And why cock-eyed optimism keeps us making more….
Back in the bad old days, when life was “nasty, brutish and short” for both man and beast and denizens of the Western world paid a great deal more attention to the Bible (since healthcare was down to the local wise woman or barber-surgeon and war and peace depended largely on the whim of the local overlord) they were advised that it was useless to predict what might occur in the future since, unless they coincided with the will of the Lord, all one’s careful plans would be as so much chaff in the wind.
“We’ll meet again at Yuletide, God willing,” would have been said with real feeling.
The Qur’an teaches the same thing; unless your plan coincides with Allah’s greater scheme you are less likely to succeed than fail. And so it is unsurprising that in those Muslim countries where life in this brutal era is far more precarious, a living hell on earth for some, you seldom hear anyone express a wish for the future without adding the obligatory “Insha’Allah”.
When was it, exactly, that we in the “West” thought we could be responsible for our own destiny and start believing in our own supreme powers to cook up and see through our plans? Sometime after two unimaginably destructive world wars made Christians begin to doubt warfare on that scale could possibly be the intention of their Divinity?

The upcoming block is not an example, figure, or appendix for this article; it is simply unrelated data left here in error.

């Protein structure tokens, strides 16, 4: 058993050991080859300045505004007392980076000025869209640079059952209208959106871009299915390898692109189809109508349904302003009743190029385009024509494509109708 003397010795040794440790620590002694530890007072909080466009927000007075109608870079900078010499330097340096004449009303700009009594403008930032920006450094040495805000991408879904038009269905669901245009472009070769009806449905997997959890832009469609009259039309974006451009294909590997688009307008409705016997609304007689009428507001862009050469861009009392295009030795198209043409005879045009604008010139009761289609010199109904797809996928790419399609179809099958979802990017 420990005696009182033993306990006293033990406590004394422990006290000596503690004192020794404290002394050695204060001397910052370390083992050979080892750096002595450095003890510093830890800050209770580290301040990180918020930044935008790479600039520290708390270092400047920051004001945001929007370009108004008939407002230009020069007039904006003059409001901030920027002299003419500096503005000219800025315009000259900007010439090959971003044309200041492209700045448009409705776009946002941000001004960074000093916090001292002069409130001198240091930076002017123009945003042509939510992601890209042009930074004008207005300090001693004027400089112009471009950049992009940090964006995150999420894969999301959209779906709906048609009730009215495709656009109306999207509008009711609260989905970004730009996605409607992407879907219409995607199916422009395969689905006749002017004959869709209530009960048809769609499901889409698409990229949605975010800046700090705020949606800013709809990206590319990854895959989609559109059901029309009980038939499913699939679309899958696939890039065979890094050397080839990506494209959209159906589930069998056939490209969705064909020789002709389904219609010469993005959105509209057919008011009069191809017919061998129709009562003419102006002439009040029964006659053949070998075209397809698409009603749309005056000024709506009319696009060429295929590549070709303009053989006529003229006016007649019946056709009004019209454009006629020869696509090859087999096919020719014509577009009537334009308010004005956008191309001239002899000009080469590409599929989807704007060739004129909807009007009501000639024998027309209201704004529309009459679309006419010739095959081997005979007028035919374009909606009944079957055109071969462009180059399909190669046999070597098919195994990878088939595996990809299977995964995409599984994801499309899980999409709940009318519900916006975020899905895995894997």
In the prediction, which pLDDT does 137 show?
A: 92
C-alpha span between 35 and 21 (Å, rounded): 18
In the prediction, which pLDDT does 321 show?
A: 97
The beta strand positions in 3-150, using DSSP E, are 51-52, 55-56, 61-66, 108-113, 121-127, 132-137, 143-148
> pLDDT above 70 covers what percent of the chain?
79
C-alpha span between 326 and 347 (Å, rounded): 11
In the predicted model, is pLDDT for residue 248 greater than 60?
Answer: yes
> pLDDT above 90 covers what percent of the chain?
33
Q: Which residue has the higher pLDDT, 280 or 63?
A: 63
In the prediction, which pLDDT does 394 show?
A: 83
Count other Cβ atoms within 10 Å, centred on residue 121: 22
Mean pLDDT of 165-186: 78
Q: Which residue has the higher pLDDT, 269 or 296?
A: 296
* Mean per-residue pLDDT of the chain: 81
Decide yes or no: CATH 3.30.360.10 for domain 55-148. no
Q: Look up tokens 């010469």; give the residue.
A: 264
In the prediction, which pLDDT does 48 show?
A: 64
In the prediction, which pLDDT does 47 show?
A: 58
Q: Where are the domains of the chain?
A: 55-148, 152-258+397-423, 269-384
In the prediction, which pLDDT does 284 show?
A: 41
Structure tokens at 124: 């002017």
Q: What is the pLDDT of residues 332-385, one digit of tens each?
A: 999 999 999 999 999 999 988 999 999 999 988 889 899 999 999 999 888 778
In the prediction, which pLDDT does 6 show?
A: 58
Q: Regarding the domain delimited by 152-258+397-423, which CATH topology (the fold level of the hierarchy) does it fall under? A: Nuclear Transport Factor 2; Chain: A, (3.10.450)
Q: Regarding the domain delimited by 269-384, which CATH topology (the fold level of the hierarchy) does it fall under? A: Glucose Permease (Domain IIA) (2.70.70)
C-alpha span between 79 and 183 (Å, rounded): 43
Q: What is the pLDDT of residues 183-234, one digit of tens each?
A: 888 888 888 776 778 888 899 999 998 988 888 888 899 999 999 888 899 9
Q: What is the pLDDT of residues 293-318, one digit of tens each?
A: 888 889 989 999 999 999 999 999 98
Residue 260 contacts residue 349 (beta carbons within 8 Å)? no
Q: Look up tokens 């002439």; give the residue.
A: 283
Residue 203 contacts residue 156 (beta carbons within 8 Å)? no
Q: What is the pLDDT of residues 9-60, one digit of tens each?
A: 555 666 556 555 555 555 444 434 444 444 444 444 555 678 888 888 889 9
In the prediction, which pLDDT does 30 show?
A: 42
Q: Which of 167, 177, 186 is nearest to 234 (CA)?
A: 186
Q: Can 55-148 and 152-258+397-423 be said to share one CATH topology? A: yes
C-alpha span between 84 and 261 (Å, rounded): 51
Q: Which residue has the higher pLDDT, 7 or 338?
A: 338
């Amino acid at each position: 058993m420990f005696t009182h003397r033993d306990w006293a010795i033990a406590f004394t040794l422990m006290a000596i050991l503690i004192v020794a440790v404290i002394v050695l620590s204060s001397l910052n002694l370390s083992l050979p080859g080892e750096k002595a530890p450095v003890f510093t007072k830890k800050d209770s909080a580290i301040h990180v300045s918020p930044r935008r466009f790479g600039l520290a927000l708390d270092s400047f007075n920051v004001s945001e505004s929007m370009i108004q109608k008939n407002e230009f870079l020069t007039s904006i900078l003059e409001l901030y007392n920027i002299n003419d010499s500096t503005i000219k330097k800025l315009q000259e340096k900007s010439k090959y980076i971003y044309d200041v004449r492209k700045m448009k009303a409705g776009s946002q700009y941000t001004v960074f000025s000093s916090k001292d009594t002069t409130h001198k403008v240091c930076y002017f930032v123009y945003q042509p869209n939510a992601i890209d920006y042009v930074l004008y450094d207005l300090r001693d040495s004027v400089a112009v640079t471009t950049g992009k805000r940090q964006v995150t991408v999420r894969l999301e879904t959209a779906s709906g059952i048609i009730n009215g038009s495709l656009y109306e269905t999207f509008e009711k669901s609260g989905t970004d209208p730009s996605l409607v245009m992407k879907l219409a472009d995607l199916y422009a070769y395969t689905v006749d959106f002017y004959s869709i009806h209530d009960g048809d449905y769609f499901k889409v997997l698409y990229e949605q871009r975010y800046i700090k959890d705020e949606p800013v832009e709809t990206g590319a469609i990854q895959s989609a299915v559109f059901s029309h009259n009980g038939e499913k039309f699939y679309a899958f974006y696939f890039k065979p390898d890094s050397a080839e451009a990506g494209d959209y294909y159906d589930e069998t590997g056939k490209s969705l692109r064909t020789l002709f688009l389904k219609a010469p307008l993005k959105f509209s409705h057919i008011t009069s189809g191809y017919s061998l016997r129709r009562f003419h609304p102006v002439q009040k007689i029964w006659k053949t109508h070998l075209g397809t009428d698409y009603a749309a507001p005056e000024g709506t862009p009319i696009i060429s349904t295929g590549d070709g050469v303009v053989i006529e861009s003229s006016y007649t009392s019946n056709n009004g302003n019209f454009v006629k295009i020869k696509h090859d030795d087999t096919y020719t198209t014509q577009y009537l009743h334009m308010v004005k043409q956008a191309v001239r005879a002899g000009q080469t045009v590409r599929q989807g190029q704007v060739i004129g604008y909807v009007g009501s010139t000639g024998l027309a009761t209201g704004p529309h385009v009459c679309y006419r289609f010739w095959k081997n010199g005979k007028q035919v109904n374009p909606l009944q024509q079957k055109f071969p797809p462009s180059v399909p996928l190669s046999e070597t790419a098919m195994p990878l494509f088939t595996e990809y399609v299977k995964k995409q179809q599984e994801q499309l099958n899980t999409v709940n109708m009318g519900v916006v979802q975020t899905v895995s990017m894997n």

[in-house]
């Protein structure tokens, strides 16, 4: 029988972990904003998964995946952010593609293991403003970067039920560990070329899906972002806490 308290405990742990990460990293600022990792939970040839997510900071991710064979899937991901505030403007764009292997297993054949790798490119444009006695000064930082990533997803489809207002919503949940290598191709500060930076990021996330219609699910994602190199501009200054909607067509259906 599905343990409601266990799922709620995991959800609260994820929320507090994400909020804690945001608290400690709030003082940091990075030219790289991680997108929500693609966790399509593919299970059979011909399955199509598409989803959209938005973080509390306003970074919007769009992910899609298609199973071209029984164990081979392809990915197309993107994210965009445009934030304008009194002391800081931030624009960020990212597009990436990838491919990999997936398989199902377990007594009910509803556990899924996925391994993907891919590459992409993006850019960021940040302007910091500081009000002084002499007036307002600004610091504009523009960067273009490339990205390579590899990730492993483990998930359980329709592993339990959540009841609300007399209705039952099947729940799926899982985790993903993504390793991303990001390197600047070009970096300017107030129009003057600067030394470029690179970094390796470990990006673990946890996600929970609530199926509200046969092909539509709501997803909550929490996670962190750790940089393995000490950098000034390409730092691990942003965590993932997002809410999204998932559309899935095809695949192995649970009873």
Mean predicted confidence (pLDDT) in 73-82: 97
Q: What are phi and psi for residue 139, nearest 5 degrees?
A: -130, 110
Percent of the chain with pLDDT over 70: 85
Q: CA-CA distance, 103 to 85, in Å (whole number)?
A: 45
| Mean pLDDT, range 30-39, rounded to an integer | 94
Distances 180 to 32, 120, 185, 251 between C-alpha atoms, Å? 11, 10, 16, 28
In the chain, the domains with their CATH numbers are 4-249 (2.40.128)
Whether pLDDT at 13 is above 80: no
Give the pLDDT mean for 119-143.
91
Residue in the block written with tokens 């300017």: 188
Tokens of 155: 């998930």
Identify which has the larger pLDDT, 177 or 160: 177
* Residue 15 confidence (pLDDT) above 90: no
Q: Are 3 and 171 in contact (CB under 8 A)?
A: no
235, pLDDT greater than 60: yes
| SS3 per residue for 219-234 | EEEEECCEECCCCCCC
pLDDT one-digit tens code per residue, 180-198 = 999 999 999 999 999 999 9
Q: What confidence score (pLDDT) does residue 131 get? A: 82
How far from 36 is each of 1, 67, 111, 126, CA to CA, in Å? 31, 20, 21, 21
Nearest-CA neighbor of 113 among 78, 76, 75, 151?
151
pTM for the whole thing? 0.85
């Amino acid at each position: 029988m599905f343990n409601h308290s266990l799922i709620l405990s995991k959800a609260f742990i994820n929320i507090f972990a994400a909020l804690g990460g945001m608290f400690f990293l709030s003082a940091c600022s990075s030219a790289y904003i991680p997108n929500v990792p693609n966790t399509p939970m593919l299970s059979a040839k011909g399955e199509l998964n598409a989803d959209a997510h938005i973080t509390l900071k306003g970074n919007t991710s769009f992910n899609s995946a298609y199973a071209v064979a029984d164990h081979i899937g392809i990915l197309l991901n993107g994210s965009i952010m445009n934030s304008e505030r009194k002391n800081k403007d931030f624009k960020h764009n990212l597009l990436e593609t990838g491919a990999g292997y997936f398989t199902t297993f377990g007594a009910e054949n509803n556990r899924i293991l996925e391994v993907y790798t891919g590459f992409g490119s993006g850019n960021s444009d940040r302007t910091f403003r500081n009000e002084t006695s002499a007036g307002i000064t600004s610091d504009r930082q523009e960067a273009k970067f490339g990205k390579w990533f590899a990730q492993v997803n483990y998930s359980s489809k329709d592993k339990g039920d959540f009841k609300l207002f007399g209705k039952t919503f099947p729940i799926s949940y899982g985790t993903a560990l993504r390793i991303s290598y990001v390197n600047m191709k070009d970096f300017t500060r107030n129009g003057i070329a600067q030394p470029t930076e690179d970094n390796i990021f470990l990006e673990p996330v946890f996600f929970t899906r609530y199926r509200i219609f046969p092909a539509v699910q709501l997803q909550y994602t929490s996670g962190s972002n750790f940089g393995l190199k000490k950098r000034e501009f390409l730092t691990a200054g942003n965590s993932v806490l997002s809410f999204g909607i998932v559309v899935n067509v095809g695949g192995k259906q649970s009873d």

Or when TV showed us all the other parts of the world, where different Gods seemed equally indifferent to the pleas, wishes and the plight of their faithful?
And mankind’s own scientific and technological advances backed up the hubris that he had a good deal more control about life and death, and alleviating the possible misery in between?
Business ethics started to overtake the ten commandments and catechism by rote sometime in the later 20th century, between the first publication of Cosmopolitan magazine and the apotheosis of capitalism in the nineteen-eighties. Most people’s idea of personal development suddenly had less to do with character and spirituality than developing a top-class CV and having a Life Plan or a Business Plan that would make them millionaires by 30.
We were encouraged towards goals and tick-lists, qualifications, progress markers and competition with our peers.